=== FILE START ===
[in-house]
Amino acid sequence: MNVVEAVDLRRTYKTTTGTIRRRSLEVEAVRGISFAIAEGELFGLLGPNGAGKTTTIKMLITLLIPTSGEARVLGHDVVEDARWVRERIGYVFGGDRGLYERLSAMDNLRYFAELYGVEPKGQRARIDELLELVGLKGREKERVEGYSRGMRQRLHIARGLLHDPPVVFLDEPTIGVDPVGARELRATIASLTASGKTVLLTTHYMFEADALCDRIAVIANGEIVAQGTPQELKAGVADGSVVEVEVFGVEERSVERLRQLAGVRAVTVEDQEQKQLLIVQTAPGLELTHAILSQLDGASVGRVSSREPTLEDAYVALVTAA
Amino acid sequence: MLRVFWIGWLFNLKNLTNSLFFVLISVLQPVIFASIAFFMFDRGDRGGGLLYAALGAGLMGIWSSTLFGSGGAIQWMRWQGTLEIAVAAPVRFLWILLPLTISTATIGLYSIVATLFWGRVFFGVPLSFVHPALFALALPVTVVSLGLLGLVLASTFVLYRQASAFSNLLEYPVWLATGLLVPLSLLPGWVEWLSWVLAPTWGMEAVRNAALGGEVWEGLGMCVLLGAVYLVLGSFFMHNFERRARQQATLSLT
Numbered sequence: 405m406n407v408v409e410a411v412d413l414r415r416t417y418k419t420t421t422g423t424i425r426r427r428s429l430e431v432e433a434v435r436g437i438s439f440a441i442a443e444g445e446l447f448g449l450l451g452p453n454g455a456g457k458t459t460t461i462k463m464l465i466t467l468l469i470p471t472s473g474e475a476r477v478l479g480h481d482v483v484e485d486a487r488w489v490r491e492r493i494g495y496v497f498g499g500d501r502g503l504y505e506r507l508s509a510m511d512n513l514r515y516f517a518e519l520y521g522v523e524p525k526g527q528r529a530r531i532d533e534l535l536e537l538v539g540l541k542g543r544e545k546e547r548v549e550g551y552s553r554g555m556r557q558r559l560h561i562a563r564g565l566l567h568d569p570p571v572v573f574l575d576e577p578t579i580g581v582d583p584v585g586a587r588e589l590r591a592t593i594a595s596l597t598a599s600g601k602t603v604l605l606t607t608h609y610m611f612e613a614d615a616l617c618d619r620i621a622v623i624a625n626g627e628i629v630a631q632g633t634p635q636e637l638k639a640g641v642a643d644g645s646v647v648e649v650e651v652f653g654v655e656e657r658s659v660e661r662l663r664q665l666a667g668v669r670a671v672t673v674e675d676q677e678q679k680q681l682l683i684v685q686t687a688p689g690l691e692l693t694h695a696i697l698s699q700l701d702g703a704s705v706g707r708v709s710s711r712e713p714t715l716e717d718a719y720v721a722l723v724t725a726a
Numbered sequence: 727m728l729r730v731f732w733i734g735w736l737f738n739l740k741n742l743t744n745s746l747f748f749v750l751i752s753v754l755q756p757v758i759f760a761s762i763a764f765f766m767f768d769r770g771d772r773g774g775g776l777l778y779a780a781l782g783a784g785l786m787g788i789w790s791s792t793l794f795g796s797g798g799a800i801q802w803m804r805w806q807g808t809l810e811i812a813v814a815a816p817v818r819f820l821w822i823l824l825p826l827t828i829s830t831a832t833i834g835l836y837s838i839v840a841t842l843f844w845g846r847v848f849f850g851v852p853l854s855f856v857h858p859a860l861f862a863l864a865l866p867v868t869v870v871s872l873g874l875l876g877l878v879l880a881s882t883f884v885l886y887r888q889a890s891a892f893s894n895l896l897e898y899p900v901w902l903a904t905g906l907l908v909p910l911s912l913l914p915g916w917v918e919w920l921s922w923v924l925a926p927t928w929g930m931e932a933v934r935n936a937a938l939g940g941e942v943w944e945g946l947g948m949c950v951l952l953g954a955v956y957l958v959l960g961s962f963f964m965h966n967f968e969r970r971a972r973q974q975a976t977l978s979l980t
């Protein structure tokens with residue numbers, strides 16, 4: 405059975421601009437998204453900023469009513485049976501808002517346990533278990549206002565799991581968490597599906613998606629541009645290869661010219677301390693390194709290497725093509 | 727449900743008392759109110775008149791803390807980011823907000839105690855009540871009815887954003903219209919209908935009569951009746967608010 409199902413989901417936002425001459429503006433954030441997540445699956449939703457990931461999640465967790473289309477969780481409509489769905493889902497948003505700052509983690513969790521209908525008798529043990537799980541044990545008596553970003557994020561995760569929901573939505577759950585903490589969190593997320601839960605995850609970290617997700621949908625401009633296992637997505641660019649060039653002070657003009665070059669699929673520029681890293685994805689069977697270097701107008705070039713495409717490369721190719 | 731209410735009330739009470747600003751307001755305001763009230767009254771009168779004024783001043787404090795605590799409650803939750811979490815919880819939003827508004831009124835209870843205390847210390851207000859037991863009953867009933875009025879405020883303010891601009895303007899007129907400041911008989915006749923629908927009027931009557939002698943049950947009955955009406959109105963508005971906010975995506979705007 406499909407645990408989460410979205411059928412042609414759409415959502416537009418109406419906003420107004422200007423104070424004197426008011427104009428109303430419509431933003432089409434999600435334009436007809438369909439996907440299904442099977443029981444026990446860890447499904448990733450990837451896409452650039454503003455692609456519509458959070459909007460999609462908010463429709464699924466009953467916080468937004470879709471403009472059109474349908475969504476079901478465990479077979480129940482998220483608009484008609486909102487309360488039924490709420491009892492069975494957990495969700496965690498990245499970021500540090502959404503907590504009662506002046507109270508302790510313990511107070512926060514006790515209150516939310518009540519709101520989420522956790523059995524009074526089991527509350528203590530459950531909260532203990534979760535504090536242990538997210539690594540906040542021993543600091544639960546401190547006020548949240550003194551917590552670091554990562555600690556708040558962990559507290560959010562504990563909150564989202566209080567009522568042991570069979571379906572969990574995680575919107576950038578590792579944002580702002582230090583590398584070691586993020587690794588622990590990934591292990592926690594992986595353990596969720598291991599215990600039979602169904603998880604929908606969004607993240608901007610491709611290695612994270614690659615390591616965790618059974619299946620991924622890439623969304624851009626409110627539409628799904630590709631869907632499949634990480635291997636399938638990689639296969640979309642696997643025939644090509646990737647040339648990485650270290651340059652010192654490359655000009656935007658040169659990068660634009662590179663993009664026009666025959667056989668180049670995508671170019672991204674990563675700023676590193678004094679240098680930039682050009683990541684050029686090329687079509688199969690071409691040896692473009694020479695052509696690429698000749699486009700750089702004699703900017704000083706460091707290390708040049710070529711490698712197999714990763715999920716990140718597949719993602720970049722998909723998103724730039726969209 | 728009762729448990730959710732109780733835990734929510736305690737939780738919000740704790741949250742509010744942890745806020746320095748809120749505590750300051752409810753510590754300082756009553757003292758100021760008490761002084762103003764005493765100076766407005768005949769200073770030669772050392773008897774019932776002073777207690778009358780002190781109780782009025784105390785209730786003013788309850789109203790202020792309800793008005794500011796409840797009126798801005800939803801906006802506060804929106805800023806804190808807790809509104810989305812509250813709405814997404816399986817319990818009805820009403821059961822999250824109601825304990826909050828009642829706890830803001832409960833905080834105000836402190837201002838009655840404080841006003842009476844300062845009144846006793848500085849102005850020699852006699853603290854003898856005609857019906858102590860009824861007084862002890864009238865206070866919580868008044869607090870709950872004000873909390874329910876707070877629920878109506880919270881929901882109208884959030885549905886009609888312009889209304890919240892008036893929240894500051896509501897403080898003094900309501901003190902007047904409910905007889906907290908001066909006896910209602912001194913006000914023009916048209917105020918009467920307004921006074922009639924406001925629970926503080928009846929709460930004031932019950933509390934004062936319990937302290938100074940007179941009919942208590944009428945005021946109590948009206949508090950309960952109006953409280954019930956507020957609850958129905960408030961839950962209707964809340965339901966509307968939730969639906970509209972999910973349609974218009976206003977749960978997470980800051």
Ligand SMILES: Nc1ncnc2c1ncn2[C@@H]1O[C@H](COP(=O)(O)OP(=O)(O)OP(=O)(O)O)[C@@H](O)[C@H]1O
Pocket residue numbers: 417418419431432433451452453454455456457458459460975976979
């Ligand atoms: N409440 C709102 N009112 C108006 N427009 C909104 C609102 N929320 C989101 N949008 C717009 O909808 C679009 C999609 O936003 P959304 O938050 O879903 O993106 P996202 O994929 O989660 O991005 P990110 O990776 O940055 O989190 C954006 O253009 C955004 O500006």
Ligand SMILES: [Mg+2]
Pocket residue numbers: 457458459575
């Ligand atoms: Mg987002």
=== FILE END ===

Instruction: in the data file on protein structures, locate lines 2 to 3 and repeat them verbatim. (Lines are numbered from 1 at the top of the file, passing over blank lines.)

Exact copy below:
Amino acid sequence: MNVVEAVDLRRTYKTTTGTIRRRSLEVEAVRGISFAIAEGELFGLLGPNGAGKTTTIKMLITLLIPTSGEARVLGHDVVEDARWVRERIGYVFGGDRGLYERLSAMDNLRYFAELYGVEPKGQRARIDELLELVGLKGREKERVEGYSRGMRQRLHIARGLLHDPPVVFLDEPTIGVDPVGARELRATIASLTASGKTVLLTTHYMFEADALCDRIAVIANGEIVAQGTPQELKAGVADGSVVEVEVFGVEERSVERLRQLAGVRAVTVEDQEQKQLLIVQTAPGLELTHAILSQLDGASVGRVSSREPTLEDAYVALVTAA
Amino acid sequence: MLRVFWIGWLFNLKNLTNSLFFVLISVLQPVIFASIAFFMFDRGDRGGGLLYAALGAGLMGIWSSTLFGSGGAIQWMRWQGTLEIAVAAPVRFLWILLPLTISTATIGLYSIVATLFWGRVFFGVPLSFVHPALFALALPVTVVSLGLLGLVLASTFVLYRQASAFSNLLEYPVWLATGLLVPLSLLPGWVEWLSWVLAPTWGMEAVRNAALGGEVWEGLGMCVLLGAVYLVLGSFFMHNFERRARQQATLSLT